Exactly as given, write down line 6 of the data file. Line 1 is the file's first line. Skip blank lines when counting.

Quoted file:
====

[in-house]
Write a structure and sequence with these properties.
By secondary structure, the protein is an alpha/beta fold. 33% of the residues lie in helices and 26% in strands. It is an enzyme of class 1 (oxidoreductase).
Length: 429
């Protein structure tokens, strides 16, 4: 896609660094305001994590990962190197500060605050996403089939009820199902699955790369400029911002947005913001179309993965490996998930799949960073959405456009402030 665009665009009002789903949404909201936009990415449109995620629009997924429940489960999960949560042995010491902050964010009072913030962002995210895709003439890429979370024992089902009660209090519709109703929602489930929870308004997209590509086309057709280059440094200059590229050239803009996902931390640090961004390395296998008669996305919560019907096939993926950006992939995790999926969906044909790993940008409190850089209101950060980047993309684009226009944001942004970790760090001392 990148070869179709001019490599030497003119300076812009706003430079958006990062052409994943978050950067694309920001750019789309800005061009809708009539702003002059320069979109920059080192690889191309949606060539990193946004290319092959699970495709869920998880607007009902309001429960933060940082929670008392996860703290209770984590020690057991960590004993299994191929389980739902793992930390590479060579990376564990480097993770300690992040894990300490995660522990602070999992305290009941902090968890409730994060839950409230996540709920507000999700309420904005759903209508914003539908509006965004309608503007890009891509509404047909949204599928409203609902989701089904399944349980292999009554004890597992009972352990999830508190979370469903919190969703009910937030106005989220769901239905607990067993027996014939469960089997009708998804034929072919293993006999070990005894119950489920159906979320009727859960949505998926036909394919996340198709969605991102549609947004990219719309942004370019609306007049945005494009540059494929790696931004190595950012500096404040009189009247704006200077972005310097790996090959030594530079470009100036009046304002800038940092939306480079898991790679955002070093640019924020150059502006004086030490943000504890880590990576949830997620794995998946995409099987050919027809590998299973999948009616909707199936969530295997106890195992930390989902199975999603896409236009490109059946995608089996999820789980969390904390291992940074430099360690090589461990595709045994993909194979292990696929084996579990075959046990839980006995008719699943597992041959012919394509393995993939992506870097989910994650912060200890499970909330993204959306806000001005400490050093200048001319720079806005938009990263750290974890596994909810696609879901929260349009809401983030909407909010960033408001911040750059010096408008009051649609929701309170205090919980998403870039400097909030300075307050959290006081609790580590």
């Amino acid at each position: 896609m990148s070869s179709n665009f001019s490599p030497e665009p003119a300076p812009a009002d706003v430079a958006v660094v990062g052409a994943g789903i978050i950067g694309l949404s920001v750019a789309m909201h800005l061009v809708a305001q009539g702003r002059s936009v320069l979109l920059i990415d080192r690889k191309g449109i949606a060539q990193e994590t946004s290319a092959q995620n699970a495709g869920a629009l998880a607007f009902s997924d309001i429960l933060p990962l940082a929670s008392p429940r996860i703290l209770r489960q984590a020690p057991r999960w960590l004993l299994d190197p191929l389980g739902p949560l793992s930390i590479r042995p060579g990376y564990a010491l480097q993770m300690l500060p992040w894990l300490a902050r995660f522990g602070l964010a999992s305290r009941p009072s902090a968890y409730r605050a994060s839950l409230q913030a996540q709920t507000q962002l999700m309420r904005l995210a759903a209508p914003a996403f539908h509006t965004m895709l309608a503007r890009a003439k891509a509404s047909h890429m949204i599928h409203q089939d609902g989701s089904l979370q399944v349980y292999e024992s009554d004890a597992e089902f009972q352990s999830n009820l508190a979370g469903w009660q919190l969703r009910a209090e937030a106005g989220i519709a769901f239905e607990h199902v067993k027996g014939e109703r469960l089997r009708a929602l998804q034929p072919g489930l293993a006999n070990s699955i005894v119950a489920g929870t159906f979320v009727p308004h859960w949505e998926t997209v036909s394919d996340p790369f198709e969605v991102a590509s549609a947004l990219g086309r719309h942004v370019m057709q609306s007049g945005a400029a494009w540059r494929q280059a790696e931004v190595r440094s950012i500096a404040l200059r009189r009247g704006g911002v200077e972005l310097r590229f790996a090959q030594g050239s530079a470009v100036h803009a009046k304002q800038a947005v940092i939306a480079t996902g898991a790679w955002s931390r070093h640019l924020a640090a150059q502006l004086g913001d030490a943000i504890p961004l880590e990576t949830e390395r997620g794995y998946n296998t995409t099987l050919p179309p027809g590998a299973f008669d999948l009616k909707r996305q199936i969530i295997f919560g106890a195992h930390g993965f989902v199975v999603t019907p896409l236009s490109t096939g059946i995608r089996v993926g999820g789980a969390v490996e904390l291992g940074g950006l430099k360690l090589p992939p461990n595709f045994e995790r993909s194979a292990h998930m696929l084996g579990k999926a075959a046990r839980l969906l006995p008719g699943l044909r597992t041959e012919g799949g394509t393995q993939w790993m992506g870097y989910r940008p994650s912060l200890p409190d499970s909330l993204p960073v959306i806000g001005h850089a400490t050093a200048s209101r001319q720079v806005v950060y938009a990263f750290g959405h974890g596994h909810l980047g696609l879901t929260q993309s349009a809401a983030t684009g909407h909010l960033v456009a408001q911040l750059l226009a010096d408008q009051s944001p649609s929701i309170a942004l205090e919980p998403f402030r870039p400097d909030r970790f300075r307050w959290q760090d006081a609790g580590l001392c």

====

């Amino acid at each position: 896609m990148s070869s179709n665009f001019s490599p030497e665009p003119a300076p812009a009002d706003v430079a958006v660094v990062g052409a994943g789903i978050i950067g694309l949404s920001v750019a789309m909201h800005l061009v809708a305001q009539g702003r002059s936009v320069l979109l920059i990415d080192r690889k191309g449109i949606a060539q990193e994590t946004s290319a092959q995620n699970a495709g869920a629009l998880a607007f009902s997924d309001i429960l933060p990962l940082a929670s008392p429940r996860i703290l209770r489960q984590a020690p057991r999960w960590l004993l299994d190197p191929l389980g739902p949560l793992s930390i590479r042995p060579g990376y564990a010491l480097q993770m300690l500060p992040w894990l300490a902050r995660f522990g602070l964010a999992s305290r009941p009072s902090a968890y409730r605050a994060s839950l409230q913030a996540q709920t507000q962002l999700m309420r904005l995210a759903a209508p914003a996403f539908h509006t965004m895709l309608a503007r890009a003439k891509a509404s047909h890429m949204i599928h409203q089939d609902g989701s089904l979370q399944v349980y292999e024992s009554d004890a597992e089902f009972q352990s999830n009820l508190a979370g469903w009660q919190l969703r009910a209090e937030a106005g989220i519709a769901f239905e607990h199902v067993k027996g014939e109703r469960l089997r009708a929602l998804q034929p072919g489930l293993a006999n070990s699955i005894v119950a489920g929870t159906f979320v009727p308004h859960w949505e998926t997209v036909s394919d996340p790369f198709e969605v991102a590509s549609a947004l990219g086309r719309h942004v370019m057709q609306s007049g945005a400029a494009w540059r494929q280059a790696e931004v190595r440094s950012i500096a404040l200059r009189r009247g704006g911002v200077e972005l310097r590229f790996a090959q030594g050239s530079a470009v100036h803009a009046k304002q800038a947005v940092i939306a480079t996902g898991a790679w955002s931390r070093h640019l924020a640090a150059q502006l004086g913001d030490a943000i504890p961004l880590e990576t949830e390395r997620g794995y998946n296998t995409t099987l050919p179309p027809g590998a299973f008669d999948l009616k909707r996305q199936i969530i295997f919560g106890a195992h930390g993965f989902v199975v999603t019907p896409l236009s490109t096939g059946i995608r089996v993926g999820g789980a969390v490996e904390l291992g940074g950006l430099k360690l090589p992939p461990n595709f045994e995790r993909s194979a292990h998930m696929l084996g579990k999926a075959a046990r839980l969906l006995p008719g699943l044909r597992t041959e012919g799949g394509t393995q993939w790993m992506g870097y989910r940008p994650s912060l200890p409190d499970s909330l993204p960073v959306i806000g001005h850089a400490t050093a200048s209101r001319q720079v806005v950060y938009a990263f750290g959405h974890g596994h909810l980047g696609l879901t929260q993309s349009a809401a983030t684009g909407h909010l960033v456009a408001q911040l750059l226009a010096d408008q009051s944001p649609s929701i309170a942004l205090e919980p998403f402030r870039p400097d909030r970790f300075r307050w959290q760090d006081a609790g580590l001392c």